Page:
Our vision — we take this a step further. We want to run our product on top of a datawarehouse that you have full control over, that pulls data from all sources and maximizes your flexibility to choose tools without a data lock-in consideration.
Modular over Monolithic
Across software, there is a general trend towards modularity. In young programming frameworks like Meteor, for example, the community has already accumulated nearly 5,000 “packages” of complete functionality that any developer can pull into their project. In fact, it’s considered a “smell” in that community if you’re writing a lot of code—you’re probably doing something wrong.
You can see this trend in application hosting too; Docker has everyone rewriting their PaaS because of the modularity/flexibility it brings to the table can be a big strategic advantage.
A lot of analytics products are still pursuing a monolithic/integrated structure because it’s the well-worn path. Since a small minority of companies control their own data competently today, there aren’t many solutions targeting that crowd. But these tools are EXPENSIVE and painful to implement. And once you get into SMB where business models can change more often, flexibility becomes significantly more important.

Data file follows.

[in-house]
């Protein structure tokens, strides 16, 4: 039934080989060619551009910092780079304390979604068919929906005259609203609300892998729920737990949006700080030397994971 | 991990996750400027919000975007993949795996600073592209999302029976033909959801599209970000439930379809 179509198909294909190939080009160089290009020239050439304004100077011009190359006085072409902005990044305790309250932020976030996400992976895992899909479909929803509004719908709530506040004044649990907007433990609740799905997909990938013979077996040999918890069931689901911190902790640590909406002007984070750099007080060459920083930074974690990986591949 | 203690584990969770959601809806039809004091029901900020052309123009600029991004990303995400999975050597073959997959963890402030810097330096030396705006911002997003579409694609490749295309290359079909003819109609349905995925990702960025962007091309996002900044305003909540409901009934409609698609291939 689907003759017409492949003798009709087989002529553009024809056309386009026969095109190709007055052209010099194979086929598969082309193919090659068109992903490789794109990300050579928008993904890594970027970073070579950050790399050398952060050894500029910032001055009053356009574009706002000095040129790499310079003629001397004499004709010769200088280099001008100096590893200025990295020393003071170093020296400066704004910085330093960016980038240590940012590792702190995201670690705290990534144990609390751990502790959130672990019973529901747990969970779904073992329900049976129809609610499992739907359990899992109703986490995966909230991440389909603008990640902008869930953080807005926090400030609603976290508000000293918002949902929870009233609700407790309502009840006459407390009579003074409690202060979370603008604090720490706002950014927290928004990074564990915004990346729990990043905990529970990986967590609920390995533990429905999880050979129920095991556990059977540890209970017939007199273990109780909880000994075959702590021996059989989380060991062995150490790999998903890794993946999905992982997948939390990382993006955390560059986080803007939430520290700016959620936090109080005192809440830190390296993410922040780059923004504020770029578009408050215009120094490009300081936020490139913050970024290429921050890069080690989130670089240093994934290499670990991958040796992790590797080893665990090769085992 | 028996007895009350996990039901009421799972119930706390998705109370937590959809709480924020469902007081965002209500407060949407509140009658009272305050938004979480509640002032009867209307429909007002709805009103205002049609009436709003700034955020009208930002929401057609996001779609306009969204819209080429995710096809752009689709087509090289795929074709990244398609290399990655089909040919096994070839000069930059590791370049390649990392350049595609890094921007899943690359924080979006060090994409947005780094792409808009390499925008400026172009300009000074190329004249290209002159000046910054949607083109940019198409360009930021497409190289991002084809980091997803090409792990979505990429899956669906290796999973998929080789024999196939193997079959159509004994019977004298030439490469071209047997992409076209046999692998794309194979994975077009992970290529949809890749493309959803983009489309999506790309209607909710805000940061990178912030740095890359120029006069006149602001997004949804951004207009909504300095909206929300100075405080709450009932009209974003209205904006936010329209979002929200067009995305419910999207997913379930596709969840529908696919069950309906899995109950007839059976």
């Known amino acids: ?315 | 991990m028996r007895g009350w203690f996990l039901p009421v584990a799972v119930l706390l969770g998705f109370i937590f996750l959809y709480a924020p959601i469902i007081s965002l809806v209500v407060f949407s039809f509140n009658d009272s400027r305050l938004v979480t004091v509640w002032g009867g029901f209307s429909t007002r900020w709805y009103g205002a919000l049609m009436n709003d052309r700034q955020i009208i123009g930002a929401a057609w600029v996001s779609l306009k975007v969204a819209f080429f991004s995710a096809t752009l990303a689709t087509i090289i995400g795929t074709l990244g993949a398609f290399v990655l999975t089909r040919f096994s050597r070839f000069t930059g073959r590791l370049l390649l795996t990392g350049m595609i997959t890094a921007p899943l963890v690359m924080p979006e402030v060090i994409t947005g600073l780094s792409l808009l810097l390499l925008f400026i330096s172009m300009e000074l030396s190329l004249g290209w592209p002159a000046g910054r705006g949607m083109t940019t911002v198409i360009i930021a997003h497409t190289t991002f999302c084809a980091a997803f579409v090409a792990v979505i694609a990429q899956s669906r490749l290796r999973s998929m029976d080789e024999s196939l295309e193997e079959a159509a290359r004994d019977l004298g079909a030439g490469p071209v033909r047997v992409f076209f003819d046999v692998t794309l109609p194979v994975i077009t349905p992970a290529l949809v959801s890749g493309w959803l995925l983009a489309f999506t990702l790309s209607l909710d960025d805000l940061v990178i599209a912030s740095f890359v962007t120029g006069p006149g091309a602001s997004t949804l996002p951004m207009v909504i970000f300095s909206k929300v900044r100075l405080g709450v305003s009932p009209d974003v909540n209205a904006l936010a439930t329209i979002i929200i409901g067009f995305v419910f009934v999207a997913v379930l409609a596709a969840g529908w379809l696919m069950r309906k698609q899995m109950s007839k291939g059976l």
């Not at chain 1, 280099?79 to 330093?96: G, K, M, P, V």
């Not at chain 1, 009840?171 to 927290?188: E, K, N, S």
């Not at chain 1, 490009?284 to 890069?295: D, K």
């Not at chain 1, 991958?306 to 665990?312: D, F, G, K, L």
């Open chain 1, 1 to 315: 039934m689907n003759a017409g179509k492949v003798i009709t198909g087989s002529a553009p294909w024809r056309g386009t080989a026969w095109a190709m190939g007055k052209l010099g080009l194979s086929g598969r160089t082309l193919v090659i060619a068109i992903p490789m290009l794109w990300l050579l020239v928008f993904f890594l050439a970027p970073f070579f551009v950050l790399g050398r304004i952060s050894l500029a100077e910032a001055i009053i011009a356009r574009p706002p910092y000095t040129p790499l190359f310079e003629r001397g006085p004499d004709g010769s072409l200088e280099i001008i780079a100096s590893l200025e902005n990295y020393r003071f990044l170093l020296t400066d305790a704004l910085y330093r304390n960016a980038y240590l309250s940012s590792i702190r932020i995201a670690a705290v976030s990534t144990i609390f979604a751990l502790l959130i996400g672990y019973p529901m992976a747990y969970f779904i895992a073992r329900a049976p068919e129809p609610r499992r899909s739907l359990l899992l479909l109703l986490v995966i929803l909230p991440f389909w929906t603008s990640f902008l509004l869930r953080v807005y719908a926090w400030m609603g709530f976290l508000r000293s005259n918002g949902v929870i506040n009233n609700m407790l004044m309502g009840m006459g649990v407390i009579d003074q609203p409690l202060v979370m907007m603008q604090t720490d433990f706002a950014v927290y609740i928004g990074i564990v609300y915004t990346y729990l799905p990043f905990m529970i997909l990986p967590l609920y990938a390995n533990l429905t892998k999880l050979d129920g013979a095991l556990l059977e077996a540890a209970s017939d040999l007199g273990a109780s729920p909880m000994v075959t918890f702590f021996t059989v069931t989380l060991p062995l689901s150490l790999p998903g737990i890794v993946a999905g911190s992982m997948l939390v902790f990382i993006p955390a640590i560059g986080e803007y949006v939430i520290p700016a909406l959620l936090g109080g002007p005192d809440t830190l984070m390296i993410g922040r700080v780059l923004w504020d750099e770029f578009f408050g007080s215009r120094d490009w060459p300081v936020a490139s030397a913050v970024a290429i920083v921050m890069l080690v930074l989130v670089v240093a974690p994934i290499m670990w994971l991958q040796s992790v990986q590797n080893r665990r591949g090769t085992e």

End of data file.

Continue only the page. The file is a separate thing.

There’s a saying in VC-land that the only way to make money is to decouple or integrate things, but the general overall trend is definitely pointing towards the decoupling side of that equation. There is a lot of new power being built to enable businesses the freedom to select focused, best-of-breed tools, as needed.
Our vision — we’re writing it to be as modular as possible, and we’ll open source most if not all of it.
Realtime over Batch
The tools continue to improve and are more accessible than ever because of the growth of cheap cloud computing availability. It does require more technological sophistication, but that’s the only barrier, and it get’s lower every day.
Our vision — our recipes provide real-time or near real-time access to the information generated from your raw data.
Datawarehouses over Databases
Data warehousing used to be a term associated only with “enterprise” companies, coming from big companies like IBM. It seemed like a luxury, and it was very expensive.
Our vision — even small companies should keep their own data warehouse, and our products are built on this worldview.
Beautiful over Ugly
UX has come a long way in recent years, there’s no reason you have to look at information that makes your eyes bleed. The days of ugly products staying relevant is going away (baffling exception: craigslist). And with tools like D3.js, you don’t have to present a grid of numbers to people. It’s incredibility easy now to build compelling visualizations that promote quicker comprehension of the business situation.